Country terrine

Country terrine

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(5 ratings)

Prep: 40 mins Cook: 1 hr Plus pressing

More effort

Serves 12
Whether served as a starter or part of a buffet, Barney's smart make-ahead terrine will be sure to impress

Nutrition and extra info

Nutrition: per serving

  • kcal227
  • fat15g
  • saturates5g
  • carbs1g
  • sugars0g
  • fibre0g
  • protein22g
  • salt1.52g
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  • 300g chicken livers
  • 500g minced pork
  • 300g piece streaky bacon, diced, or diced pancetta or lardons
  • 4 garlic cloves, crushed
  • 2 shallots, finely chopped



    Related to the onion (as opposed to being a younger version of it), shallots grow in clusters at…

  • 1 tbsp thyme leaves
  • handful parsley leaves, chopped



    One of the most ubiquitous herbs in British cookery, parsley is also popular in European and…

  • 2 dried bay leaves, crushed
  • handful shelled pistachios
  • glug of brandy



    Brandy is a distilled spirit made from virtually any fermented fruit or starchy vegetable.…

  • pinch ground cloves
  • pinch mace
  • small pinch ground ginger
  • 10 slice pack of prosciutto



    Prosciutto is a sweet, delicate ham intended to be eaten raw. The word 'prosciutto' is…

  • cornichons, toast and salad leaves, to serve


  1. Clean the chicken livers – cut away any sinew, blood or green bits, then set enough aside to run along the length of your terrine dish or loaf tin. Chop the rest into small cubes. Tip all the ingredients – except the prosciutto, whole livers and cornichons, etc, to serve – into a large bowl. Season and mix well with your hands. If you have time, you can cover and set aside in the fridge for the flavours to mingle for a few hours or overnight.

  2. Line the base and sides of a 1kg terrine dish or small loaf tin with baking parchment. Then carefully line the base and sides of the dish/tin with the overlapping slices of prosciutto (A), leaving some hanging over the side and a few slices for the top. Pack half the meat mixture down into the terrine and press down. Lay a row of chicken livers down the middle of the terrine (B), then add the rest of the meat mixture and press down. Lay the remaining prosciutto over the top, then lift the slices from the sides up and over, and cover the dish with foil.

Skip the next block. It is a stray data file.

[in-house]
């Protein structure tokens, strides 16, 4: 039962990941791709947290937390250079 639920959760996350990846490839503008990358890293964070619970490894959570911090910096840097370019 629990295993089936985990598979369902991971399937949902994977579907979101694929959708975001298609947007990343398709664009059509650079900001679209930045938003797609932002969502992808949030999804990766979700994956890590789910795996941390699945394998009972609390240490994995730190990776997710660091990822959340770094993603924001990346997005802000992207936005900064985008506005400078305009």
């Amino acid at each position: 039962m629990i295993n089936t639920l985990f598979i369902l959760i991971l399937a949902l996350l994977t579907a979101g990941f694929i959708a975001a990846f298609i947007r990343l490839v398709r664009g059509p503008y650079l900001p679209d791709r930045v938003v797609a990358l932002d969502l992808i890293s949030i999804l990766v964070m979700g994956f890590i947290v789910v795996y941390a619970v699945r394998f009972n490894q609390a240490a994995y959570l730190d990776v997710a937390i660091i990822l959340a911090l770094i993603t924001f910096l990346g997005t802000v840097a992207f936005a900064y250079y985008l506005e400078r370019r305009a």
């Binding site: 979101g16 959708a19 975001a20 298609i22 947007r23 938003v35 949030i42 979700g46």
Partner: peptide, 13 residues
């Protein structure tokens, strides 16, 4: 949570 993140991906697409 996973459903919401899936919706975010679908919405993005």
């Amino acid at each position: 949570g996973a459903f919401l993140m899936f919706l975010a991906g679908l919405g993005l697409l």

3. Heat oven to 180C/160C fan/gas 6. If you have a spare cardboard box in your kitchen, cut a piece of card out slightly larger than the base of the terrine. Put it in a deep roasting tray and sit the terrine on top (this helps the terrine to cook evenly). Boil a kettle and pour in enough water so it comes halfway up the terrine. Carefully place it on the middle shelf of the oven and cook for 1 hr.

  4. Remove the tin from the oven, take out the terrine and leave to cool completely. Place on a plate or a tray with another flat tray on top, weigh down with a few cans and leave to chill overnight. To turn out the terrine, slip a knife between the paper and the terrine to loosen it, then turn it out onto a board. Wipe off the jelly and either serve straight away sliced or wrap in cling film and slice later. Serve with toasted bread – a favourite of mine is walnut bread and some nice leaves dressed with walnut oil. You can keep the terrine for up to two days, but it will start to lose its colour.

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Comments, questions and tips

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29th Jan, 2014
I had never taken on the challenge of 'terrine' before, but as our dear friend's birthday was coming up and he just loves 'home cooking', I decided that this one sounded yummy. And it is just that. A bit of a 'guddle' to start, but it so well worth all the preparation work beforehand. We couldn't resist tasting it before it got cold - yummy; we then did wait for the overnight refrigeration to take place - yummy. Just an overall 'yummy' from our house and we can't wait to hear the birthday boy's feedback.
9th Nov, 2011
I've now made this several times. The recipe is very reliable and also works with half the quantities in a smaller tin. You can then make a chicken liver pate with the left over livers.
12th Apr, 2011
Made this for a Grand National party. Not a scrap was left! It was a bit fiddly to do but well worth the effort. However, it was very difficult to cut into neat slices, with a tendency for the slices to break in the middle.
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